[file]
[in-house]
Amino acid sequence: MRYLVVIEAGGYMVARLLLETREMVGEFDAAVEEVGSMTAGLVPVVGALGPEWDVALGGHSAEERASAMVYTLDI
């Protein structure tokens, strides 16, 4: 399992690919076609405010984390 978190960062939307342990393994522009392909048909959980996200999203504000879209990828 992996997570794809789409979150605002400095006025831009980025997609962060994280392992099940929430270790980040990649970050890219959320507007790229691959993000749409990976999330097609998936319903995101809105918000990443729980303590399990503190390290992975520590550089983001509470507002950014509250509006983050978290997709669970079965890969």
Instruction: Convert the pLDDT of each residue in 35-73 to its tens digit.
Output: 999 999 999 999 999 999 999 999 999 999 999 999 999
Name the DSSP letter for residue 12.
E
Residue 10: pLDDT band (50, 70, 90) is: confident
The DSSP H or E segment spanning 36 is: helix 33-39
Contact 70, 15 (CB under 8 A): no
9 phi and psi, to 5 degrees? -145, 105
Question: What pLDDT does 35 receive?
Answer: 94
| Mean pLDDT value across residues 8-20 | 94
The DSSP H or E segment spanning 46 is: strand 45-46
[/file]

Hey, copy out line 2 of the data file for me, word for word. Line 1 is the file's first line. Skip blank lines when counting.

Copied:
Amino acid sequence: MRYLVVIEAGGYMVARLLLETREMVGEFDAAVEEVGSMTAGLVPVVGALGPEWDVALGGHSAEERASAMVYTLDI